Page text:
Barnes, a onetime top lawyer to the late Sen. Edward M. Kennedy (D-Mass.), and her team have navigated to the center of the administration’s economic strategy. They’ve helped to craft policies on education and clean energy, which Obama has said are key to securing the nation’s economic future — what he has called a “competitiveness” agenda.
Obama recently appeared on Spanish-language television to promote his education policy. It was one of nearly a dozen appearances on the issue in the past month. He also recently spent two days discussing his vision on developing new clean energy.
For Barnes, education, above all else, is the linchpin for economic and domestic policy.
“It’s a big mistake not to recognize education as an economic issue,” Barnes said. “We have seen a real loss in the [gross domestic product] as a result of not applying the same kind of education reforms that some of our global competitors have.”
She and her team have made a priority of marrying funding for education programs with what business executives and economists say is needed in the workforce.
“We have a realistic understanding of what the private sector is really looking for, and we’re looking to align education with what’s needed in the real world,” she said.
Barnes is leading several “real world” initiatives. One program encourages community colleges to develop skills to help fill specific jobs that companies have open. Another is focused on trying to create economic clusters resembling Silicon Valley.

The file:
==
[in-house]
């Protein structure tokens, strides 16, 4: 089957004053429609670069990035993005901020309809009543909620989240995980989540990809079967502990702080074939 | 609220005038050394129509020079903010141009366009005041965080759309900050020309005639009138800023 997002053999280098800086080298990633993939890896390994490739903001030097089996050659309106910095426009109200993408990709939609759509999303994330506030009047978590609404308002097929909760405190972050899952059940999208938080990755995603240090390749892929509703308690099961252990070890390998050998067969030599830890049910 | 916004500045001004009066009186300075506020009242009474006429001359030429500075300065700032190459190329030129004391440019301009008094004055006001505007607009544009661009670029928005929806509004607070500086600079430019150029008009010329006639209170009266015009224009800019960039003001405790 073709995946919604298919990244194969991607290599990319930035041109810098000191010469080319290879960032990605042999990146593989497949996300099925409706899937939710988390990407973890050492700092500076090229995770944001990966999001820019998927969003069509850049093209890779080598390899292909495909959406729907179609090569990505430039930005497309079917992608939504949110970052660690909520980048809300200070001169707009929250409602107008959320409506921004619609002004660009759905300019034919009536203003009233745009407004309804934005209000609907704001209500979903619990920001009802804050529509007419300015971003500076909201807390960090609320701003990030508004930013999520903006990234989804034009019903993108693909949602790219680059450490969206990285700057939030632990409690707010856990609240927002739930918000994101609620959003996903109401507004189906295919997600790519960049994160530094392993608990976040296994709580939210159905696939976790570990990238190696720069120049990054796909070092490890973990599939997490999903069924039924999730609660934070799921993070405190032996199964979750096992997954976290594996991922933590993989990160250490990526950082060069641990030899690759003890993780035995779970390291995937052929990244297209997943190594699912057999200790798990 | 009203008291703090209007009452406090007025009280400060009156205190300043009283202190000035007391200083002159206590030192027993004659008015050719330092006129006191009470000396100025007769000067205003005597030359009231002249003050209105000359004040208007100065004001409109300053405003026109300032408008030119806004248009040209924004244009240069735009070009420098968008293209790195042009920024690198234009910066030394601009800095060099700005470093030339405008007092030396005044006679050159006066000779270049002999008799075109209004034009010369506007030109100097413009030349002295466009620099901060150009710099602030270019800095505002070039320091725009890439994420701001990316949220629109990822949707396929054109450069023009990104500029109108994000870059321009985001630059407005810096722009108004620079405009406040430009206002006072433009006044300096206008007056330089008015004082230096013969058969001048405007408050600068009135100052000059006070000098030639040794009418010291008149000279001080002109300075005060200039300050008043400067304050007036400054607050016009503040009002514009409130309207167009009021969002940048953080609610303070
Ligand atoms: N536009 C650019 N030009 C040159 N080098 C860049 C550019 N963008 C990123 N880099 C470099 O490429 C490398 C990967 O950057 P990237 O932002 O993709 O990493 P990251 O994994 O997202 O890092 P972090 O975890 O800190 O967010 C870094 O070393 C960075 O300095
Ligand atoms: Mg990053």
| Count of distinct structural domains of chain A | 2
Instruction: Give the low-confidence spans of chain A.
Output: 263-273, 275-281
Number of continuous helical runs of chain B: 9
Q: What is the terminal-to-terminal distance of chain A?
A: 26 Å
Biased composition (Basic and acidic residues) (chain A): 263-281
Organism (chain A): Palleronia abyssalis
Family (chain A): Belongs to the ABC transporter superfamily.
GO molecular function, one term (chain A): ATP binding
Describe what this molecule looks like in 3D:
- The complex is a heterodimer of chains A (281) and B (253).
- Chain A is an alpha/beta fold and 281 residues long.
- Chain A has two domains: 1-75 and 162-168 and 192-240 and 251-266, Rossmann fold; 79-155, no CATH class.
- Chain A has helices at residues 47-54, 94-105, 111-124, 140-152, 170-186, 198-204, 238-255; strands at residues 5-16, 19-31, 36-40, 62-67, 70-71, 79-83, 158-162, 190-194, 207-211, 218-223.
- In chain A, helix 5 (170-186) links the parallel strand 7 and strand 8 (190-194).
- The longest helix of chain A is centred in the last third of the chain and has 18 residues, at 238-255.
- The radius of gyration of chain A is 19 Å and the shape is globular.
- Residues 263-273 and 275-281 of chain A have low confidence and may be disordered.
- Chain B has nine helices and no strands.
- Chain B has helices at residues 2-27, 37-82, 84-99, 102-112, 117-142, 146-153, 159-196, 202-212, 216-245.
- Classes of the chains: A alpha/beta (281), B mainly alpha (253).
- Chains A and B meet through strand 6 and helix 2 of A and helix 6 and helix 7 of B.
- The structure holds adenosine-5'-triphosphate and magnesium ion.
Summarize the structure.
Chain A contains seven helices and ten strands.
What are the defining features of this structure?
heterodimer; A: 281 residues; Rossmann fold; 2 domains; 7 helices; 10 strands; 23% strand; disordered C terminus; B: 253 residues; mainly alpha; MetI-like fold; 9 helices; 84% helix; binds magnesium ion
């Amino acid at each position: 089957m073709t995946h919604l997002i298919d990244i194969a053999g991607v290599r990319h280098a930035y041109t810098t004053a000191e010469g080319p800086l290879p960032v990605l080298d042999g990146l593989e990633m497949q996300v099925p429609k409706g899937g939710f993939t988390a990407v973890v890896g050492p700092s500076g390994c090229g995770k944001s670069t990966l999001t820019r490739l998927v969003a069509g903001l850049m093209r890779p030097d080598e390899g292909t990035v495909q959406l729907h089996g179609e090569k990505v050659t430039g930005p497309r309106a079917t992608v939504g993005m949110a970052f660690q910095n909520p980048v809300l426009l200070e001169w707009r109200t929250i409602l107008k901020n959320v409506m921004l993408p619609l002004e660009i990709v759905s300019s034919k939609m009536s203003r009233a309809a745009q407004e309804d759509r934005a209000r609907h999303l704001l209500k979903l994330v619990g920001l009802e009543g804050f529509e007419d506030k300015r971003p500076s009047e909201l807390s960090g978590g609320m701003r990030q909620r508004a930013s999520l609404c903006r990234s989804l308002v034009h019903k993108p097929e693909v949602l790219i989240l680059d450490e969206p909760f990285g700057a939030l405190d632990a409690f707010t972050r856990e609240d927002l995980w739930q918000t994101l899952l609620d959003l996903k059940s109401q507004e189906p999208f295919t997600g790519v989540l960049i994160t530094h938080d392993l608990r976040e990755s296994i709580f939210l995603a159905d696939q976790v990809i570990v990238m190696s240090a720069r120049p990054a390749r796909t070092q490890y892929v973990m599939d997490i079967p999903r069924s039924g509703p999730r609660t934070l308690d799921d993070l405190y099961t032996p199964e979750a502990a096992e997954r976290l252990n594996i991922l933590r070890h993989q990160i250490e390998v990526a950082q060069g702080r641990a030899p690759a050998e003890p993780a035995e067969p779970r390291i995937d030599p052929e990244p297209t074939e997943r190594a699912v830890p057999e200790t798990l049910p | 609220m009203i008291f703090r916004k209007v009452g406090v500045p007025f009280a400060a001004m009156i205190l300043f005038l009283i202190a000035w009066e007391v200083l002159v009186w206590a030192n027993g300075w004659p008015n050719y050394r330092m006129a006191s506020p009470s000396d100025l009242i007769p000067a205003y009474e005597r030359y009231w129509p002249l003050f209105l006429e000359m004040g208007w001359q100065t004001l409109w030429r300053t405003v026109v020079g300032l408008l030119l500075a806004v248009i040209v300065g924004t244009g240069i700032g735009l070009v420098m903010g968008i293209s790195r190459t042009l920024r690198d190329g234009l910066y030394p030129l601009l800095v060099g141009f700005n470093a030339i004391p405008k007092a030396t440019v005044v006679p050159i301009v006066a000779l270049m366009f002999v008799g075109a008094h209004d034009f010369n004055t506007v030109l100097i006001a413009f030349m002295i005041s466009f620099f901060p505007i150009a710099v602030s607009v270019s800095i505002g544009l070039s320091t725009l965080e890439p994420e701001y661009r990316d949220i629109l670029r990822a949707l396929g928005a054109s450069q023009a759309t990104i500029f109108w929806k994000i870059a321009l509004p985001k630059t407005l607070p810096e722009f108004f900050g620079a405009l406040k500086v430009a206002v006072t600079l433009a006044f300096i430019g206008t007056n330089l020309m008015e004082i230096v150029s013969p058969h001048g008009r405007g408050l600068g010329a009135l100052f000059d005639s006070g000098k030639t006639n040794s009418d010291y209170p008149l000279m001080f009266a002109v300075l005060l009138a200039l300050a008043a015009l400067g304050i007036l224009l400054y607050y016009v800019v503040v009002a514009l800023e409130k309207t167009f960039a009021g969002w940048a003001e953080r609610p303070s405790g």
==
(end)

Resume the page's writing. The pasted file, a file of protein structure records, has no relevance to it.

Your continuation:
Barnes’s high-profile role on economic policy is a key example of an administration in transition. In the first two years, Obama’s policies centered largely on stemming sharp economic decline. Now the president has turned toward building a foundation for economic growth — and education, energy and infrastructure are its cornerstones.
“You are seeing a shift from the rescue phase of the economy to a transition to a growth phase,” said Austan Goolsbee, chairman of the Council of Economic Advisers. “And as you shift to growing the economy, the things that make America a competitive place internationally are rooted in domestic policy broadly and not just purely macroeconomic policy.”
Gene Sperling, director of the National Economic Council, said that Barnes has always been a “forceful member of the economic team.” But, he added, as issues such as education have moved to the forefront, “her leadership on the economic agenda has grown even more prominent.”
Before joining Obama’s campaign, Barnes, 46, and a native of Richmond, was executive vice president for policy at the Center for American Progress, a left-leaning think tank.